DONELSON, Tenn. (WKRN) — An investigation into the police response to the Uvalde, Texas school shooting uncovered “systemic failures.”
The uncoordinated response allowed the shooter to spend more than an hour inside the school. The result, 19 students and two teachers were killed.
At least one Middle Tennessee school has staff taking matters into their own hands preparing to protect each other and their students if needed.
Taking notes and tying tourniquets are just two things teachers at Donelson Christian Academy are doing during training as they prepare to welcome students back to school.
“As much as it’s uncomfortable and you don’t want to think about some of these things, it’s part of it, and we are here to protect and love these children,” said Robin Gober, Administrative Assistant.
Brink Fidler, a former Metro Nashville Police Officer who retired as a drug task force director, is teaching them using his experience to train others on how to respond.
“I’m tired of people dying unnecessarily, but I’m really tired of kids dying unnecessarily,” said Fidler, Owner of Defend Systems.
93 school shootings happened during the 2020-2021 school year in the United States, according to federal data provided by the National Center for Education Statistics report.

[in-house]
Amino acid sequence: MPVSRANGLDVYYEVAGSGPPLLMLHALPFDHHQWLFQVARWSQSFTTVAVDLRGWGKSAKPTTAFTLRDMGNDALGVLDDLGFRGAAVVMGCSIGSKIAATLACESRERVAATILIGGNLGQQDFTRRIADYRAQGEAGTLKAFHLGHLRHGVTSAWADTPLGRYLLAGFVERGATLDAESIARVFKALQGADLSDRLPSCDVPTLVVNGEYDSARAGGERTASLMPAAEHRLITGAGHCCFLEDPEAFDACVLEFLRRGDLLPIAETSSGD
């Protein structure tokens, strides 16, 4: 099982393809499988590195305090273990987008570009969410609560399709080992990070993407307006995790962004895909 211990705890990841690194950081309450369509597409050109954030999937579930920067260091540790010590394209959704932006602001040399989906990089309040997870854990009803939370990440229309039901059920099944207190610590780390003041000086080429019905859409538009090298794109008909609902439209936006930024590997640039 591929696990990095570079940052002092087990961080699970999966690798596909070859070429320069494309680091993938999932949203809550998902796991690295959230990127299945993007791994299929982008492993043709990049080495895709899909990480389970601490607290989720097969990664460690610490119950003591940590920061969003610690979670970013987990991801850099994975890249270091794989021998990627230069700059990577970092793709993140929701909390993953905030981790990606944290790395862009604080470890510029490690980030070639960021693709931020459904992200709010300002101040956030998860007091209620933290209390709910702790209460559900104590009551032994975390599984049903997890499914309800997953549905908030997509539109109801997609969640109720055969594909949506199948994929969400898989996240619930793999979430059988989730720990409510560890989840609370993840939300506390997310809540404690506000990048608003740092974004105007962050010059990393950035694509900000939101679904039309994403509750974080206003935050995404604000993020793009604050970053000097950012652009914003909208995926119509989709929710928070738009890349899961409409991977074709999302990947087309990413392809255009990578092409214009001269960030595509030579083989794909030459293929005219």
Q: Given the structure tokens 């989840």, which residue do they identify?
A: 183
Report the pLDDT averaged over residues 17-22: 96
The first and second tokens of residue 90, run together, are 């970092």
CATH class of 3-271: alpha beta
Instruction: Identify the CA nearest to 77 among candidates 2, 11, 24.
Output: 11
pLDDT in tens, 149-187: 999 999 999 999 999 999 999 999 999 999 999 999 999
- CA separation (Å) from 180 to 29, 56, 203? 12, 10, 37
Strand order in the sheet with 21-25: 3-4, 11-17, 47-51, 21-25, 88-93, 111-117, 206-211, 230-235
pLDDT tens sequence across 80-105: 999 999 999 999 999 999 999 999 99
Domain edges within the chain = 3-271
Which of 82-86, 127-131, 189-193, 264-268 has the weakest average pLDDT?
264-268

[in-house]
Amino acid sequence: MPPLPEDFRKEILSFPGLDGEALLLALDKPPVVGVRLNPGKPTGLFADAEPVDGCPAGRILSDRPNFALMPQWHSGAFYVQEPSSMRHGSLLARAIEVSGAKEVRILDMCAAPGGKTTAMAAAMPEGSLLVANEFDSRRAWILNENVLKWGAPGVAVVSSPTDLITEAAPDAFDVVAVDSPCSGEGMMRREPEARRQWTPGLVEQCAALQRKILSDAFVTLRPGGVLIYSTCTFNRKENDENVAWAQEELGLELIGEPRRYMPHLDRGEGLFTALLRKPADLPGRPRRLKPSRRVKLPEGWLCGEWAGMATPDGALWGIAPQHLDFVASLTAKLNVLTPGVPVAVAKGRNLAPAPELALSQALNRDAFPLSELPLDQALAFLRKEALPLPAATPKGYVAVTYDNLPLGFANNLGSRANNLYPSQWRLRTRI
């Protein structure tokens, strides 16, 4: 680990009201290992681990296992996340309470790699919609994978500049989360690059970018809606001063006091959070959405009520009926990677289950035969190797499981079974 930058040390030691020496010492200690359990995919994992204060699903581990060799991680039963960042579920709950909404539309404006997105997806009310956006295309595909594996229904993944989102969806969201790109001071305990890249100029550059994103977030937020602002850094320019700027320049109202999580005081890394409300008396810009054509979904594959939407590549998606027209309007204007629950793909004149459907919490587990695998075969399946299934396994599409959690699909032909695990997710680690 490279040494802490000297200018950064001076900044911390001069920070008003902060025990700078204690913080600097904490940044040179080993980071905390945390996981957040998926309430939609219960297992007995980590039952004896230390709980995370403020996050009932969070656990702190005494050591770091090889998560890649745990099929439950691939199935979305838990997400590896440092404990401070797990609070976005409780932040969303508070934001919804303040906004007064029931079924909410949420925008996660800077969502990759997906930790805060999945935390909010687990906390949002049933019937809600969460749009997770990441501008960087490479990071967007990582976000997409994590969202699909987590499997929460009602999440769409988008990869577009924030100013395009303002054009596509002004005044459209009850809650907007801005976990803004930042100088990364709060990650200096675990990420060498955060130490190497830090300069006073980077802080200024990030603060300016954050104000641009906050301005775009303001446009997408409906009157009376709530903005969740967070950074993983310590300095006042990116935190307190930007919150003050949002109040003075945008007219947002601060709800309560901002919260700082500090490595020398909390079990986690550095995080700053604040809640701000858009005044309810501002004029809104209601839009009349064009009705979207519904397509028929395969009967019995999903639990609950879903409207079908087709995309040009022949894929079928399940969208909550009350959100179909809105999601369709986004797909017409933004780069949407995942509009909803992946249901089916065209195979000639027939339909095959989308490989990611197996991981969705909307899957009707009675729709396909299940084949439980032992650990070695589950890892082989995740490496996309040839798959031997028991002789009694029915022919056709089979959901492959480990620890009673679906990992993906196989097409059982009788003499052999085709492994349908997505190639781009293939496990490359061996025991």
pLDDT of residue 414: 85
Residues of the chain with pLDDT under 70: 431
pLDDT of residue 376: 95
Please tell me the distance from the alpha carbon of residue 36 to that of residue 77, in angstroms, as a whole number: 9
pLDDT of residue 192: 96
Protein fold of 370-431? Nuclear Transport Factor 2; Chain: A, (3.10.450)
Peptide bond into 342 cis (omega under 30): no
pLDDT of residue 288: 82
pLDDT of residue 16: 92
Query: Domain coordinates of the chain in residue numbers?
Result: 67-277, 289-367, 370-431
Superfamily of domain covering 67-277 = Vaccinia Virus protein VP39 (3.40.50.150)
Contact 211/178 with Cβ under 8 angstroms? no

43 people died in those shootings. 50 others were injured.
Fidler believes educating people on how to protect themselves in the time it takes authorities to respond will help them survive.
“That’s where we’ve missed the boat, and that’s what this is all about,” he said.
Together the class he teaches reviews past mass shootings by breaking down the actions of people and police.
What not to do, followed by what to do. From the best information to give 911 operators to where to place students during an active shooting situation and numerous tools to disrupt the gunman.
“It’s been really eye-opening,” said Simon Pearson, Spanish teacher at Donelson Christian Academy.
School staff learns to treat wounds on each other and how to care for injured students.
“Life-threatening bleeding from their arm or leg, this is the treatment period.” Fidler demonstrated, “This is what we’re talking about for five and six or younger.”
The four-hour long session, a crash course in basics that everyone should know.
“You have more knowledge now than most people do,” he said.
It’s an added layer of safety for students and staff.
“He’s kept us from just thinking doom and gloom the entire time. He’s empowered us to feel like should the situation arise, we’re prepared,” said Pearson.